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Lauterbach in an interview: “More on medicine, less on economy”


The previous clinic financing has not proven itself, says Health Minister Lauterbach in an interview with the daily topics. The reform would improve the quality of many treatments and reduce costs.

Health Minister Karl Lauterbach expects his hospital reform to improve treatment in clinics and reduce costs. “We will definitely get better results for many interventions,” said Lauterbach in an interview with the daily topics. The reform would reduce the economic pressure on clinics. The focus is therefore less on the economy and more on medicine.

Karl Lauterbach, Federal Minister of Health, on the reform of hospital financing

daily topics 10:50 p.m., 6.12.2022

Financing is to be reorganized

The proposals envisage paying fixed amounts for certain basic costs of the houses, such as staff, an emergency room or necessary medical technology. The clinics are also to be divided into three categories: “Basic care” houses close to home should be there for emergencies or basic surgical interventions and should be completely removed from the case-based flat-rate system. Level two should include clinics with more extensive services, level three the maximum care of the university clinics.

According to Lauterbach, this would mean that small clinics would no longer have to do complicated procedures for which they are not specialized – this would be good for the patients. “People survive better and longer with the same cancer if they have had surgery in a center. That’s what we would achieve with it.”

Lauterbach plans hospital “revolution”

C. Kornmeier/M. Gruber, ARD Berlin, daily topics 10:50 p.m., December 6, 2022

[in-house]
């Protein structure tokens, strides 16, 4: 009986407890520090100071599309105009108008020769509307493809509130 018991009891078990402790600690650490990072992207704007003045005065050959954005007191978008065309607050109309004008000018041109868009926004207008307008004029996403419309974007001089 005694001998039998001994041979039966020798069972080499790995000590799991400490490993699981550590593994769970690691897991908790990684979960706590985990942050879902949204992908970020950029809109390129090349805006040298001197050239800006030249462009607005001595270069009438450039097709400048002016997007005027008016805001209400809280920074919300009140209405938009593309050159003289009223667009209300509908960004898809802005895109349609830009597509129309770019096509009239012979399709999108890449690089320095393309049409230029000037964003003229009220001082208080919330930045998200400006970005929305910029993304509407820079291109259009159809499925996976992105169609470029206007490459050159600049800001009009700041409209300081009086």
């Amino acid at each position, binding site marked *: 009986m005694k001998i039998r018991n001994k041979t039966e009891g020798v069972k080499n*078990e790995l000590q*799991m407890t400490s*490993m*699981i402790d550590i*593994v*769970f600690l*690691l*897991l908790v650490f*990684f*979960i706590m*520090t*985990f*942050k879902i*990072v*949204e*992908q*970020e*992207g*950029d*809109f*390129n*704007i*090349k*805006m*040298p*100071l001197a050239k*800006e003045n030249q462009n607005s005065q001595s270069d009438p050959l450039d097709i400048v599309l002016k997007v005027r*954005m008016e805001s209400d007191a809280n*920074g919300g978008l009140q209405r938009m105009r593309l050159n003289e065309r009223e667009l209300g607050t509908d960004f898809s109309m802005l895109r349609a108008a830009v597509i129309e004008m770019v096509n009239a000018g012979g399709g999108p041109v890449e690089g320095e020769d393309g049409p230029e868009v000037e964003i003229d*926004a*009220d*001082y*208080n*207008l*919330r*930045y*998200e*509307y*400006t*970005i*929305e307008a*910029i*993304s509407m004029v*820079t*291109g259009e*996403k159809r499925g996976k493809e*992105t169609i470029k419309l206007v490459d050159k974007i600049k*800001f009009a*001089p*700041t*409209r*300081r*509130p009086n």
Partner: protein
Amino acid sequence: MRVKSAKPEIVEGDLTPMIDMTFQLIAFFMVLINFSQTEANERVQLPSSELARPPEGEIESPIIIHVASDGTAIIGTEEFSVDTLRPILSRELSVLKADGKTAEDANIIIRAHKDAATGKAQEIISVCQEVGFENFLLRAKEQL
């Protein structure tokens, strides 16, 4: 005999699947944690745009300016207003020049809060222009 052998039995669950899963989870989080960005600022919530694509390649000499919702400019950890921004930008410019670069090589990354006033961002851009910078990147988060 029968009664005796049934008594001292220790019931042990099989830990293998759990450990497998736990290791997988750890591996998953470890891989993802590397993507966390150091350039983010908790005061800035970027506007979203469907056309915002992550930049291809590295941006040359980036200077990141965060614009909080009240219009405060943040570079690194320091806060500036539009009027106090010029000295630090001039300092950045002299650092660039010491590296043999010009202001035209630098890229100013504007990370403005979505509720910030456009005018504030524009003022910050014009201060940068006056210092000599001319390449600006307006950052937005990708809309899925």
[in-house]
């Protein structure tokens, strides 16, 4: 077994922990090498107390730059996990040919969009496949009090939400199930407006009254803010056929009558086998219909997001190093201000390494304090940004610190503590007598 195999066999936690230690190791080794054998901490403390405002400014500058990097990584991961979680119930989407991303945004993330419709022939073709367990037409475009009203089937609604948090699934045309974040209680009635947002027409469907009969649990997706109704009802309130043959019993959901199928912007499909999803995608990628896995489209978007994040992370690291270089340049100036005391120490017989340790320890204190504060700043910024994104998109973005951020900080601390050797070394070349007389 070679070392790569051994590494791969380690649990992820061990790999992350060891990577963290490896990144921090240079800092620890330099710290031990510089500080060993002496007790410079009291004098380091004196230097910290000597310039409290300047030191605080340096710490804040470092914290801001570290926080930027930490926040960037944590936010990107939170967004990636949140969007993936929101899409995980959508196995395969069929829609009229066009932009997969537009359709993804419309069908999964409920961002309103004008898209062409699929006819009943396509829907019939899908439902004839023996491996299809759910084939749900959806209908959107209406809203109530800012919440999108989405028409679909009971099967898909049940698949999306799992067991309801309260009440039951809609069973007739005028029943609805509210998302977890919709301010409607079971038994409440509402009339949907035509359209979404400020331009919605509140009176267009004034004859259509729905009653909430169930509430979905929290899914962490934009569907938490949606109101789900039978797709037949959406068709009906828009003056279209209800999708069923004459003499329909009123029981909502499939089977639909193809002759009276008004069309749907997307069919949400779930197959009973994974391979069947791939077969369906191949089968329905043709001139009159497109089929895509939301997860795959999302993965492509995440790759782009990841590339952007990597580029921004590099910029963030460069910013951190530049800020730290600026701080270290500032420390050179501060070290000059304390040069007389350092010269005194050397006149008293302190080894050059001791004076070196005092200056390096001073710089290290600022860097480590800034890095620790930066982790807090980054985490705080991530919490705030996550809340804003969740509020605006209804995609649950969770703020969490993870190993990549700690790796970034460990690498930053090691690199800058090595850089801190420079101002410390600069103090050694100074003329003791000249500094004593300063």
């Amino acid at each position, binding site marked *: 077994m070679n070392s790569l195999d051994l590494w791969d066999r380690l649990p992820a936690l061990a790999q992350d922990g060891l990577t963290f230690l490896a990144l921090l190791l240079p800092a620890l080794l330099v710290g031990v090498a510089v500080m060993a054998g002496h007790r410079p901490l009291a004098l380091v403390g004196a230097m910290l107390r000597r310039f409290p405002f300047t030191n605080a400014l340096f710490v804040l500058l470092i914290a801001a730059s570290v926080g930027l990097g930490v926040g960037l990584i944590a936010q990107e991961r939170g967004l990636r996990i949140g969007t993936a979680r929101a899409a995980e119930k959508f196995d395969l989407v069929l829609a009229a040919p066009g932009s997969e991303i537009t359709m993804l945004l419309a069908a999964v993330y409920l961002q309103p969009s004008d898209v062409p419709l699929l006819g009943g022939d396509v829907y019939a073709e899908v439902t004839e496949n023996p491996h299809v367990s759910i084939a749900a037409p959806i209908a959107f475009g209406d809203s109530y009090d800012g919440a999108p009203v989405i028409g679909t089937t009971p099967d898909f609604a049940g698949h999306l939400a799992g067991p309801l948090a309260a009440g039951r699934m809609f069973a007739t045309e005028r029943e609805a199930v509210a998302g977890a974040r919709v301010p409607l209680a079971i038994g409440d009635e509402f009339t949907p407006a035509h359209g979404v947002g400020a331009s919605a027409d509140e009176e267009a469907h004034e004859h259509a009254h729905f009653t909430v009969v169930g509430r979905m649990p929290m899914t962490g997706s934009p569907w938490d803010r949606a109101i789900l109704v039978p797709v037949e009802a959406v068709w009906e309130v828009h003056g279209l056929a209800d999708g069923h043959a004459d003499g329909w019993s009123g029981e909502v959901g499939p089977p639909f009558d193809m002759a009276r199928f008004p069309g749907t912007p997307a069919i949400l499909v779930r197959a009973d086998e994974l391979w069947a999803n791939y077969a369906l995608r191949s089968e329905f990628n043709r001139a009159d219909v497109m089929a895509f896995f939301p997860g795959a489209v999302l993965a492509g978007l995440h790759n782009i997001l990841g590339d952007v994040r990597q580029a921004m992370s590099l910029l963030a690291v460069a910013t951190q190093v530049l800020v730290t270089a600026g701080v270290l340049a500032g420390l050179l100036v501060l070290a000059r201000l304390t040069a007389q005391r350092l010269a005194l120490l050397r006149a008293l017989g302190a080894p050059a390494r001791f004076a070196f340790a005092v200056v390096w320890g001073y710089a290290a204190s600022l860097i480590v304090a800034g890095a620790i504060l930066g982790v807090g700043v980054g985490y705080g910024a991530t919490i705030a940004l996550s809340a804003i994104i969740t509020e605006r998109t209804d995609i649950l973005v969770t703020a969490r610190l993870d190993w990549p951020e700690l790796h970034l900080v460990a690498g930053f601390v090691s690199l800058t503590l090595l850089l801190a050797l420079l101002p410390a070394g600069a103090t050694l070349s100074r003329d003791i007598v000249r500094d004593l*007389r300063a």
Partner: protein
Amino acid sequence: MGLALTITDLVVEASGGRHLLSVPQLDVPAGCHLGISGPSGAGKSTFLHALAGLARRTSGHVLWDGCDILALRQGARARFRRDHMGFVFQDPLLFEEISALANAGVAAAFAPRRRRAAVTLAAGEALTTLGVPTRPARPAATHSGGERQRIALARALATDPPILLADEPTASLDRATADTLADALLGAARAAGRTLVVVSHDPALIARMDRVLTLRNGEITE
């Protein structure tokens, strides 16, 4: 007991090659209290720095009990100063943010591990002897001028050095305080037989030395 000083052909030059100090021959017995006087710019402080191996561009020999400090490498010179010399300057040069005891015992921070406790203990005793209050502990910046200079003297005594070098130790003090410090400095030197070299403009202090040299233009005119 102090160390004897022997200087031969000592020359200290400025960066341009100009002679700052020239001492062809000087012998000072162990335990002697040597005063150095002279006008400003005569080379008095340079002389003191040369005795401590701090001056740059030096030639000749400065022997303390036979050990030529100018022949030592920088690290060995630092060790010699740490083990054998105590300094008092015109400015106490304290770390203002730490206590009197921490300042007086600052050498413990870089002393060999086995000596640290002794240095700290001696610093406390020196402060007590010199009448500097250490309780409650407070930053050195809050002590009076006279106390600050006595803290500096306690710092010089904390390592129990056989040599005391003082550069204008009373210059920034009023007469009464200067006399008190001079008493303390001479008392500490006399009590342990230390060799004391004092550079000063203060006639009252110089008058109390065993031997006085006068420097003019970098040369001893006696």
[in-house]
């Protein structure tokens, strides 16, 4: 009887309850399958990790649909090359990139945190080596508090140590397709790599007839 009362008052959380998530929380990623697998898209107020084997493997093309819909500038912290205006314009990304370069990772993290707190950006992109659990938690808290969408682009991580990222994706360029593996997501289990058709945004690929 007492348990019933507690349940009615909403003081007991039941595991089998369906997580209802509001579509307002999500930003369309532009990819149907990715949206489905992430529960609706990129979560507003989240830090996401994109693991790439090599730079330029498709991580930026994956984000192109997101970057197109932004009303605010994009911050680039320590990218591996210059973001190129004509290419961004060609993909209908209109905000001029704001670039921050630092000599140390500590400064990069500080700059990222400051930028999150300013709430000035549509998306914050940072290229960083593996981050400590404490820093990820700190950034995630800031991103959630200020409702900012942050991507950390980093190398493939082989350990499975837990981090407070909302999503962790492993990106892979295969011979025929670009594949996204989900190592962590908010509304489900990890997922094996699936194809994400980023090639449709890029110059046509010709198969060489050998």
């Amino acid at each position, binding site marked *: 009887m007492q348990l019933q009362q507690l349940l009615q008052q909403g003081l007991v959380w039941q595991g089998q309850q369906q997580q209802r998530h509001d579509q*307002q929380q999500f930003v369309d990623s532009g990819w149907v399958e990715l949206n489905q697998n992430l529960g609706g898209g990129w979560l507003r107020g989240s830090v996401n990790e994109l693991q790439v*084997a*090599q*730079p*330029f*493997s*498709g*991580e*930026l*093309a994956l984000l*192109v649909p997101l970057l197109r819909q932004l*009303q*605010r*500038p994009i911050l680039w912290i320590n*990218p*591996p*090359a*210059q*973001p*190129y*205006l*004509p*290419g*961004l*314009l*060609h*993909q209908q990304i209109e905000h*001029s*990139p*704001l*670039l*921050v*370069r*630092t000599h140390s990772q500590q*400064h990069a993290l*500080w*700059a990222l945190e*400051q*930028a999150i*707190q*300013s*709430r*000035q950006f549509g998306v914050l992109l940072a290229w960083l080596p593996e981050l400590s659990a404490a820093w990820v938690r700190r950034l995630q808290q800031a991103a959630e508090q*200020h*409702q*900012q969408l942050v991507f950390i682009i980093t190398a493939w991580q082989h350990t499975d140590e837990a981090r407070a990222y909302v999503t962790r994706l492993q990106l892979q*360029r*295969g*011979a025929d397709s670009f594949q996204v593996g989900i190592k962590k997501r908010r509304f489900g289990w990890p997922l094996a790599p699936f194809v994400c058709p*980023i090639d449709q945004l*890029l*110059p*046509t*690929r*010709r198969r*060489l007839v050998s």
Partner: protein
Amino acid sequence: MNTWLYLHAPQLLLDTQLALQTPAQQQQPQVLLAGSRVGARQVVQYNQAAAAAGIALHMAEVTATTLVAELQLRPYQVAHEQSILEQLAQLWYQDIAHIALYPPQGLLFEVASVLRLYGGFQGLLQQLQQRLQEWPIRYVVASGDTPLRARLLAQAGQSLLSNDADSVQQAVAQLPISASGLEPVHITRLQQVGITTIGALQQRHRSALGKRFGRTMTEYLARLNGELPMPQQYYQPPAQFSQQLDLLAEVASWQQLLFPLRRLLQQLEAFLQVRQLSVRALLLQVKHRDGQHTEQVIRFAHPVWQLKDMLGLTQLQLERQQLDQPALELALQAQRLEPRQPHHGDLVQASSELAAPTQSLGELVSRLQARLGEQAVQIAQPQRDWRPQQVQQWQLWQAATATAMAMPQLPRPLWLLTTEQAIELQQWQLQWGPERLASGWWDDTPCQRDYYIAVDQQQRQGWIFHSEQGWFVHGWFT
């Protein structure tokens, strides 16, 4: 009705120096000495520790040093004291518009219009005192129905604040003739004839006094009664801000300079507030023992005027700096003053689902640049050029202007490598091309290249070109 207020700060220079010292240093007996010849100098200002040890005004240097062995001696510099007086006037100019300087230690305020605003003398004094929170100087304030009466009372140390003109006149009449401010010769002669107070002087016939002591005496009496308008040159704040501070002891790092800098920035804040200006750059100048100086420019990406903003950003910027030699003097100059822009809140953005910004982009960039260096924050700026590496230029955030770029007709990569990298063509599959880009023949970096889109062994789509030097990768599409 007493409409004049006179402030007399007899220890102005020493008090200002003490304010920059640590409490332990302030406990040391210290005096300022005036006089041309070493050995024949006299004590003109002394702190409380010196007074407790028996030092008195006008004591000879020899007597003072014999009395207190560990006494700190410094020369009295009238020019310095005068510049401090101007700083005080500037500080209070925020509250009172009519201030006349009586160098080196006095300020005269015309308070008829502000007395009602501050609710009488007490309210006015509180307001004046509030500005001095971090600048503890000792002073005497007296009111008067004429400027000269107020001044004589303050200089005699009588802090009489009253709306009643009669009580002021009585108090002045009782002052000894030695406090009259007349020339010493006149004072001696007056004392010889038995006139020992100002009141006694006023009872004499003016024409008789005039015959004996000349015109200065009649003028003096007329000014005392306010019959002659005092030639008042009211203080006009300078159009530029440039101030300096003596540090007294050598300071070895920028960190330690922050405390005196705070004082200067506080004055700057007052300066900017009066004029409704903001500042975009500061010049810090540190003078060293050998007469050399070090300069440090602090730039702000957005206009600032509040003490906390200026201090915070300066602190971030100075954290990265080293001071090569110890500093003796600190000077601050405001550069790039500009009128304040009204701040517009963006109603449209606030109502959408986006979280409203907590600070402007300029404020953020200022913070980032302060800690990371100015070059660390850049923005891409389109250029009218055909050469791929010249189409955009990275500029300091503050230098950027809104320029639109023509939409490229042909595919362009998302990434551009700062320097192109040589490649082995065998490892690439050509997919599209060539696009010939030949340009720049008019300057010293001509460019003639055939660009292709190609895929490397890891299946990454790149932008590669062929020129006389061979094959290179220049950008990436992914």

In addition, specialist departments of the clinics are to be assigned to so-called service groups. This is to ensure that only hospitals that know their way around and are adequately equipped can bill for certain treatments.

Reform is also intended to curb staff flight

The strong financial pressure under which many clinics have been working so far is also exacerbating the shortage of staff, said Lauterbach. Many young doctors and nurses no longer want to work like this and have the feeling that some interventions are “not done for medical reasons, but at least in the gray area for economic reasons”. This frustrates many employees. The reform should therefore also help to prevent many specialists from fleeing the clinic system.

Lauterbach: The previous system has not proven itself

For almost 20 years, the hospitals have been financed by case flat rates, which means that they receive a flat rate from the health insurance companies for each treatment case. The basic costs of running a clinic – such as staff or certain technology – must also be largely financed from this, even if no treatment takes place. This system has not proven itself, says Lauterbach now. “The result is that relatively cheap medicine follows in the hospital and medicine where you try to make as many cases as possible.”

This side effect was already known when the flat rate per case was introduced. Lauterbach had advised the then SPD Minister of Health on the reform. Lauterbach said it was not suggested by the advisory group at the time as “radically” as the flat-rate fees were then introduced.